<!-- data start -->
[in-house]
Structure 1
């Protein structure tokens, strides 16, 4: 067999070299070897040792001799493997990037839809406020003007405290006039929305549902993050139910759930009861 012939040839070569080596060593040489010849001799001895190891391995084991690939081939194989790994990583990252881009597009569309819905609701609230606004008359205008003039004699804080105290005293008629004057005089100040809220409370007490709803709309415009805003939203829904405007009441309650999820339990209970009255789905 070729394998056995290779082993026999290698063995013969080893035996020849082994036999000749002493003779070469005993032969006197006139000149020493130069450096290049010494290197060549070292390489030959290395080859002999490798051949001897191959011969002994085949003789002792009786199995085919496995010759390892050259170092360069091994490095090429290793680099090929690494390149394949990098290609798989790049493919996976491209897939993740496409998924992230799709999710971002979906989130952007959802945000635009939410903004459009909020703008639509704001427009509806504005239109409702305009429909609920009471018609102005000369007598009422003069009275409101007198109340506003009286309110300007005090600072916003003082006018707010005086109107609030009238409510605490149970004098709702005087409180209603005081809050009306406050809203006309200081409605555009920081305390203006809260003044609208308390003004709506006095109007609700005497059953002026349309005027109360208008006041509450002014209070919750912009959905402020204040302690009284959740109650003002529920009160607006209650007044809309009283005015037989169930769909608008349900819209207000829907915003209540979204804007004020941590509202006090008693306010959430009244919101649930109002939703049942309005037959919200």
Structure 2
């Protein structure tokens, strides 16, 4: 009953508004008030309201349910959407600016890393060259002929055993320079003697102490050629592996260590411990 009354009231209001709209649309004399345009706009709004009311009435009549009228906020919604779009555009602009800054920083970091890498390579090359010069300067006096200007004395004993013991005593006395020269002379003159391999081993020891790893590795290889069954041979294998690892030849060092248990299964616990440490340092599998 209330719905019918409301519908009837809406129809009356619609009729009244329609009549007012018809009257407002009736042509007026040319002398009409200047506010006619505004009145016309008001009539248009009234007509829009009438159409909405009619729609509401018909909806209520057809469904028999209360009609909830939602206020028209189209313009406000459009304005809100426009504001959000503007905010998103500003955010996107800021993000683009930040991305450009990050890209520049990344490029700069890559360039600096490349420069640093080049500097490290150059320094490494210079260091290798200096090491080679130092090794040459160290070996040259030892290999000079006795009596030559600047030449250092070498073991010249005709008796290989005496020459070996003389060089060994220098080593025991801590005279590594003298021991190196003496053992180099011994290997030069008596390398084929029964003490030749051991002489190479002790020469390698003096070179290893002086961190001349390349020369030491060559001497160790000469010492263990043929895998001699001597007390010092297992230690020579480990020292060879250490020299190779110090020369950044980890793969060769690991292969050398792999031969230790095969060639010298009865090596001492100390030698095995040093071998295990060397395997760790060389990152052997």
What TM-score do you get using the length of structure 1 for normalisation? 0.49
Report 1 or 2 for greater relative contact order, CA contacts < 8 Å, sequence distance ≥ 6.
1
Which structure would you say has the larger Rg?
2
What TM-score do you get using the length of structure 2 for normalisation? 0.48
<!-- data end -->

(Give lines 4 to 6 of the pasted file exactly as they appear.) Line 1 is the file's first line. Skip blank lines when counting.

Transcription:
Structure 2
């Protein structure tokens, strides 16, 4: 009953508004008030309201349910959407600016890393060259002929055993320079003697102490050629592996260590411990 009354009231209001709209649309004399345009706009709004009311009435009549009228906020919604779009555009602009800054920083970091890498390579090359010069300067006096200007004395004993013991005593006395020269002379003159391999081993020891790893590795290889069954041979294998690892030849060092248990299964616990440490340092599998 209330719905019918409301519908009837809406129809009356619609009729009244329609009549007012018809009257407002009736042509007026040319002398009409200047506010006619505004009145016309008001009539248009009234007509829009009438159409909405009619729609509401018909909806209520057809469904028999209360009609909830939602206020028209189209313009406000459009304005809100426009504001959000503007905010998103500003955010996107800021993000683009930040991305450009990050890209520049990344490029700069890559360039600096490349420069640093080049500097490290150059320094490494210079260091290798200096090491080679130092090794040459160290070996040259030892290999000079006795009596030559600047030449250092070498073991010249005709008796290989005496020459070996003389060089060994220098080593025991801590005279590594003298021991190196003496053992180099011994290997030069008596390398084929029964003490030749051991002489190479002790020469390698003096070179290893002086961190001349390349020369030491060559001497160790000469010492263990043929895998001699001597007390010092297992230690020579480990020292060879250490020299190779110090020369950044980890793969060769690991292969050398792999031969230790095969060639010298009865090596001492100390030698095995040093071998295990060397395997760790060389990152052997």
What TM-score do you get using the length of structure 1 for normalisation? 0.49